Mass of the Lord's supper (April 18, 2019)

Holy Thursday is the first day of the sacred Triduum. Today, we begin to celebrate three magnificent holy days. We celebrate the paschal mystery that is abbreviation for Jesus’ passion, death and resurrection -- his dying and rising.

Our Gospel is from St. John, the “different” Gospel. As we know, Matthew’s, Mark’s and Luke’s gospels are called the synoptic gospels because they follow the same general outline of Jesus’ life. While all three tell of Jesus’ gift of Eucharist on this night, john alone tells of Jesus’ washing feet. John saw the washing as so important that he featured the washing rather than the bread and wine of the Seder meal that the Synoptics emphasized.

How do foot washing and Eucharist relate to that pregnant phrase, “paschal mystery”? What do bathing-water, bread and wine have to do with death and rising? And, how does all this relate to you and me?

Each of us, in our normal development begins life as a helpless infant. As far as we know when we are very young, we are the center-of-all; a parent answers our cries promptly. What we want and what we need, we get. We also know that that state of center-of-all becomes increasingly curtailed as we grow, but the tendency to enjoy being waited on continues. We do not get up in a table to help the waitress or waiter, do we?

At this last supper with his disciples before his death, Jesus the teacher had two, final lessons for his disciples and for us:

First, john tells us that Jesus got down and became a foot-washing servant. Jesus taught them and us that our tendency to enjoy being served must die in order to be servant for others. The movement from being served to serving involves a death within us and a rising to new insight. When we stop and reflect on this teaching, we see that serving is what parents do for children. Years later, it is what we children do for our parents. It is what friends do for friends.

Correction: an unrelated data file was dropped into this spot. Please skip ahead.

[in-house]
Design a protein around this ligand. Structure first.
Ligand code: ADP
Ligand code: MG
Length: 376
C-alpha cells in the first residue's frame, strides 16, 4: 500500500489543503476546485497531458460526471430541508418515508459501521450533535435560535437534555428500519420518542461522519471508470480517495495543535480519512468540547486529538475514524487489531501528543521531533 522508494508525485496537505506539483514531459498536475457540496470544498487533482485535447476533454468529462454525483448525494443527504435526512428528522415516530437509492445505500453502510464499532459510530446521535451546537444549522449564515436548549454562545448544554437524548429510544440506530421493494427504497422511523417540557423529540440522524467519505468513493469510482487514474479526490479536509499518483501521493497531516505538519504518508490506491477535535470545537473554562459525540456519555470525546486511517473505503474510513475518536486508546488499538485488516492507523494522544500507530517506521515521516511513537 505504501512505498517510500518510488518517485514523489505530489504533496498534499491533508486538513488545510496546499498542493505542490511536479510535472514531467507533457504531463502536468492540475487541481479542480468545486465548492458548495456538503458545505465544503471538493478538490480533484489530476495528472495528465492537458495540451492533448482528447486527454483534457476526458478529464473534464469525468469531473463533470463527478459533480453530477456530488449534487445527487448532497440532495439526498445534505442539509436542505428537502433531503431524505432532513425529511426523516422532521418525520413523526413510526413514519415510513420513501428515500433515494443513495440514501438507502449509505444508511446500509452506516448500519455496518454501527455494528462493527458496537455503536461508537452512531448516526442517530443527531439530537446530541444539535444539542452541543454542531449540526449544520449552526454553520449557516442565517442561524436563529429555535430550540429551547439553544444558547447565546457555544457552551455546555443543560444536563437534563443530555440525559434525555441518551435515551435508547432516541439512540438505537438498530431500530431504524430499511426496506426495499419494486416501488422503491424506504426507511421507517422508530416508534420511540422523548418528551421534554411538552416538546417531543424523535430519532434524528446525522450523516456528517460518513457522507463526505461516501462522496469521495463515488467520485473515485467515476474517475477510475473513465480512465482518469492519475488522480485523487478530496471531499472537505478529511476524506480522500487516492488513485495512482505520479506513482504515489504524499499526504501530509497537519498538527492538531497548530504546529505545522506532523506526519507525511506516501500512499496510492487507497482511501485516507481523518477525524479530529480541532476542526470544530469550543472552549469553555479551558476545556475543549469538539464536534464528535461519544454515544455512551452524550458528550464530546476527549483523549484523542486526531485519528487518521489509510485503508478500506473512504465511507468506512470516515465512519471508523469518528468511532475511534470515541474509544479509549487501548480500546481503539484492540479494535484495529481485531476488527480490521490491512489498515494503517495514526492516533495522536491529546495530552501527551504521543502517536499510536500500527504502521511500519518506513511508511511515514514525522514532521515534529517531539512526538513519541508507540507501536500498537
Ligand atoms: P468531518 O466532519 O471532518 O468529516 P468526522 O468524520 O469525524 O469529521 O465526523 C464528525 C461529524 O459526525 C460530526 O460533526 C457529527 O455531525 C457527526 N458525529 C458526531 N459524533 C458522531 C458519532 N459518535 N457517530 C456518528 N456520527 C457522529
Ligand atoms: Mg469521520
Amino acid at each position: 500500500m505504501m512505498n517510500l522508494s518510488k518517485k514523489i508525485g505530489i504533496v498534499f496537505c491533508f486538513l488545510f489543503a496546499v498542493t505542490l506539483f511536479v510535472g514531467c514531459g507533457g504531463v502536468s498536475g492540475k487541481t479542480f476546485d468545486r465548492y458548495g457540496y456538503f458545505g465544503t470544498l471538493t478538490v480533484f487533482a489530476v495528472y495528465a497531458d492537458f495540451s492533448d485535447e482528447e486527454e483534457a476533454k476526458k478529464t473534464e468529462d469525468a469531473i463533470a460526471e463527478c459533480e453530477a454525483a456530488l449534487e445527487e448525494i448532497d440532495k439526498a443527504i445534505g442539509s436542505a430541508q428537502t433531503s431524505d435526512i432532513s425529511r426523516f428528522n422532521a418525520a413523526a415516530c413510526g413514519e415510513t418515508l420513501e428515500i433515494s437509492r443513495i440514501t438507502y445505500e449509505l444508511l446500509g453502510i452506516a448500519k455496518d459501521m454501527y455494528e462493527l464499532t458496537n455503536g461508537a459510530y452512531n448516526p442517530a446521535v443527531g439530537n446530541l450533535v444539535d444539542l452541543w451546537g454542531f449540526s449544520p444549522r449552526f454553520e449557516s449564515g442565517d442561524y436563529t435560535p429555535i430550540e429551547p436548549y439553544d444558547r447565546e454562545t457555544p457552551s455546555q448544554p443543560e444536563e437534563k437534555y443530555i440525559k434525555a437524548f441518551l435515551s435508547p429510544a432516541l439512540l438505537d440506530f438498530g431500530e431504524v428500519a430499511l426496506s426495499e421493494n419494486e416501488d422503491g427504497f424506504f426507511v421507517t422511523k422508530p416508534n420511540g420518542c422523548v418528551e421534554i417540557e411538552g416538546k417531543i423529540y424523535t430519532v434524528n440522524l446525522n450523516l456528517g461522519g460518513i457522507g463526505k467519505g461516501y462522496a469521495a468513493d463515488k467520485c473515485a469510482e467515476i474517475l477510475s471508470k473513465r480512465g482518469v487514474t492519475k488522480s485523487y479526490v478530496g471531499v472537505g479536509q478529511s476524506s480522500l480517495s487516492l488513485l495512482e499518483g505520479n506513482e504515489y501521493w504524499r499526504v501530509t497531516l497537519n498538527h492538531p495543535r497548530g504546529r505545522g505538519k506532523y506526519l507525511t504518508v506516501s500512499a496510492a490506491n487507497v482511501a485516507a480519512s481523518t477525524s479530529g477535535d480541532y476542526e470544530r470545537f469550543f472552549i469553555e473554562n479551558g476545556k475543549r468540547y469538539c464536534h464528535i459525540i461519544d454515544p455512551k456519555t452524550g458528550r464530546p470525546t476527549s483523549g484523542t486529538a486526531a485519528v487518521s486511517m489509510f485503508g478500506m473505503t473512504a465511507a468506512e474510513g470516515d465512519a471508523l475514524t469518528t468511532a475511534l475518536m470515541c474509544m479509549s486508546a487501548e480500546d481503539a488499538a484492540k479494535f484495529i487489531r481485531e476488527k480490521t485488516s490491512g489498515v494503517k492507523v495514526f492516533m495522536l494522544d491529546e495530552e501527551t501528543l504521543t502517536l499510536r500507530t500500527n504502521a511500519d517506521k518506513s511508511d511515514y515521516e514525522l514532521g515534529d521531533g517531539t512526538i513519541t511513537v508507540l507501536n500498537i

Also, Jesus dramatically modeled for his disciples and all of us as future leaders the mysterious paradox that to lead, we must serve. For Christians, service is the name for leadership. Leaders, in the tradition of Jesus come to serve, not to be served. Mother Theresa of Calcutta became a shining model who led by example.

The second lesson is from the Seder, celebrating the Jews’ liberation from the Egyptian captivity. It was the Seder that brought Jesus to the upper room and what became the last supper. Jesus said earlier that unless the grain of wheat falls into the ground and dies, it remains just a grain of wheat. But, if it dies, it can rise and be made bread. He also said that he was the vine and his followers were branches who drew spiritual life from him, the vine. Wheat dies to become bread; grapes die to become wine.

At the Seder, Jesus took bread and wine and carried their death and rising to a higher level still. He took a piece of matzo-bread and said: this is I and gave himself to his disciples in the form of bread. Later, at the time of the third cup of wine – called the “blessing cup” – he took the cup, said the blessing, and then identified himself with the wine: this is me, and distributed the cup to his followers. The bread and the wine become himself and are consumed by his followers. He nourishes and enriches us with his mystical, physical presence. At a level unforeseen by nutritionists who say we are what we eat, we Christians may say, “We become who we eat.”

The paschal mystery of dying and rising is what we celebrate most especially during these days of the sacred Triduum:

• Jesus, in his washing of feet both teaches and models the dying of our will to be served and the rising to the intention of serving one another in love.

• Jesus, in his giving himself as bread that is broken and as wine that is poured out nourishes us by his word-presence and physical presence. Jesus, in that moment of intimacy gifts us with what is the greatest of gifts: the gift of oneself to another.

This is love

This is what we celebrate.

This is who we celebrate.

This is who we become.

This is what and who we have to offer to others after we are sent forth from Eucharist.